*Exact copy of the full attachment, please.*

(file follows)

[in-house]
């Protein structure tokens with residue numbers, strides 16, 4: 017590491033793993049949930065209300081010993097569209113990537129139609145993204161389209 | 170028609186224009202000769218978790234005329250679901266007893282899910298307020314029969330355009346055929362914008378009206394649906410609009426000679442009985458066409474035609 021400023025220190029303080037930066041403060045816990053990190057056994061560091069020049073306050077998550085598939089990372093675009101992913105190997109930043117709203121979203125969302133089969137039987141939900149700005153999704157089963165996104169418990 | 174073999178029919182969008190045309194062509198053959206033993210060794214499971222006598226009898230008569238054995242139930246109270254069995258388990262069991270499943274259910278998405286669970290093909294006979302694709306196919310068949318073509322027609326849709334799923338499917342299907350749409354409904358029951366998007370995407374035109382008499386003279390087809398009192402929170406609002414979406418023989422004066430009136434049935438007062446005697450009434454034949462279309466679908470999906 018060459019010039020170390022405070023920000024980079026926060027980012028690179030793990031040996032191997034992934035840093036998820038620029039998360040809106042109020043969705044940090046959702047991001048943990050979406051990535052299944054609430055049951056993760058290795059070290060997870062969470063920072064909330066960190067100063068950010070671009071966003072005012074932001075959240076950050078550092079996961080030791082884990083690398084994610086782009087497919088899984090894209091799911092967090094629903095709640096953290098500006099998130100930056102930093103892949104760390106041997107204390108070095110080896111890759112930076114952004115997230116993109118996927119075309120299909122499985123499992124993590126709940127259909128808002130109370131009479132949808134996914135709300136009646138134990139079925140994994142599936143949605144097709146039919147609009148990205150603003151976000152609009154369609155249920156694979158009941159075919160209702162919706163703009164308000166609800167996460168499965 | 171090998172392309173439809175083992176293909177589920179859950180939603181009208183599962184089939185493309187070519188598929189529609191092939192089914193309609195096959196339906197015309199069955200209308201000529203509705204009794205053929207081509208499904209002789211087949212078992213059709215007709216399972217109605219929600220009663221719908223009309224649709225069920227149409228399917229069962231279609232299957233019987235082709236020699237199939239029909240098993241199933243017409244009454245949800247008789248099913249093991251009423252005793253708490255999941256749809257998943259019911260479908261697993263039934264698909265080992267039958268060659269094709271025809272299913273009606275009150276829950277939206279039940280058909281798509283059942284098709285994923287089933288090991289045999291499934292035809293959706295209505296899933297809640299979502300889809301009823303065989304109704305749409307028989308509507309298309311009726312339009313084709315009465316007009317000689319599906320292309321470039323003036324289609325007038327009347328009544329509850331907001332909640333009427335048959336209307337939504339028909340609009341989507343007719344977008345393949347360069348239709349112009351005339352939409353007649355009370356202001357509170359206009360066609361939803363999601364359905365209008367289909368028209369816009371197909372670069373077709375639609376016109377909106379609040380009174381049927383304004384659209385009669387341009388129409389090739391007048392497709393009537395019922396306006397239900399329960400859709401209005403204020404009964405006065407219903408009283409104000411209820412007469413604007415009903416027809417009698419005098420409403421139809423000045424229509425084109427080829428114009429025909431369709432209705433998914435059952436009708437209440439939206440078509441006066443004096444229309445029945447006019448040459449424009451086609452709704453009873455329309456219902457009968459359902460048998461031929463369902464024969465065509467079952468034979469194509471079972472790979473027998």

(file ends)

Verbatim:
[in-house]
């Protein structure tokens with residue numbers, strides 16, 4: 017590491033793993049949930065209300081010993097569209113990537129139609145993204161389209 | 170028609186224009202000769218978790234005329250679901266007893282899910298307020314029969330355009346055929362914008378009206394649906410609009426000679442009985458066409474035609 021400023025220190029303080037930066041403060045816990053990190057056994061560091069020049073306050077998550085598939089990372093675009101992913105190997109930043117709203121979203125969302133089969137039987141939900149700005153999704157089963165996104169418990 | 174073999178029919182969008190045309194062509198053959206033993210060794214499971222006598226009898230008569238054995242139930246109270254069995258388990262069991270499943274259910278998405286669970290093909294006979302694709306196919310068949318073509322027609326849709334799923338499917342299907350749409354409904358029951366998007370995407374035109382008499386003279390087809398009192402929170406609002414979406418023989422004066430009136434049935438007062446005697450009434454034949462279309466679908470999906 018060459019010039020170390022405070023920000024980079026926060027980012028690179030793990031040996032191997034992934035840093036998820038620029039998360040809106042109020043969705044940090046959702047991001048943990050979406051990535052299944054609430055049951056993760058290795059070290060997870062969470063920072064909330066960190067100063068950010070671009071966003072005012074932001075959240076950050078550092079996961080030791082884990083690398084994610086782009087497919088899984090894209091799911092967090094629903095709640096953290098500006099998130100930056102930093103892949104760390106041997107204390108070095110080896111890759112930076114952004115997230116993109118996927119075309120299909122499985123499992124993590126709940127259909128808002130109370131009479132949808134996914135709300136009646138134990139079925140994994142599936143949605144097709146039919147609009148990205150603003151976000152609009154369609155249920156694979158009941159075919160209702162919706163703009164308000166609800167996460168499965 | 171090998172392309173439809175083992176293909177589920179859950180939603181009208183599962184089939185493309187070519188598929189529609191092939192089914193309609195096959196339906197015309199069955200209308201000529203509705204009794205053929207081509208499904209002789211087949212078992213059709215007709216399972217109605219929600220009663221719908223009309224649709225069920227149409228399917229069962231279609232299957233019987235082709236020699237199939239029909240098993241199933243017409244009454245949800247008789248099913249093991251009423252005793253708490255999941256749809257998943259019911260479908261697993263039934264698909265080992267039958268060659269094709271025809272299913273009606275009150276829950277939206279039940280058909281798509283059942284098709285994923287089933288090991289045999291499934292035809293959706295209505296899933297809640299979502300889809301009823303065989304109704305749409307028989308509507309298309311009726312339009313084709315009465316007009317000689319599906320292309321470039323003036324289609325007038327009347328009544329509850331907001332909640333009427335048959336209307337939504339028909340609009341989507343007719344977008345393949347360069348239709349112009351005339352939409353007649355009370356202001357509170359206009360066609361939803363999601364359905365209008367289909368028209369816009371197909372670069373077709375639609376016109377909106379609040380009174381049927383304004384659209385009669387341009388129409389090739391007048392497709393009537395019922396306006397239900399329960400859709401209005403204020404009964405006065407219903408009283409104000411209820412007469413604007415009903416027809417009698419005098420409403421139809423000045424229509425084109427080829428114009429025909431369709432209705433998914435059952436009708437209440439939206440078509441006066443004096444229309445029945447006019448040459449424009451086609452709704453009873455329309456219902457009968459359902460048998461031929463369902464024969465065509467079952468034979469194509471079972472790979473027998």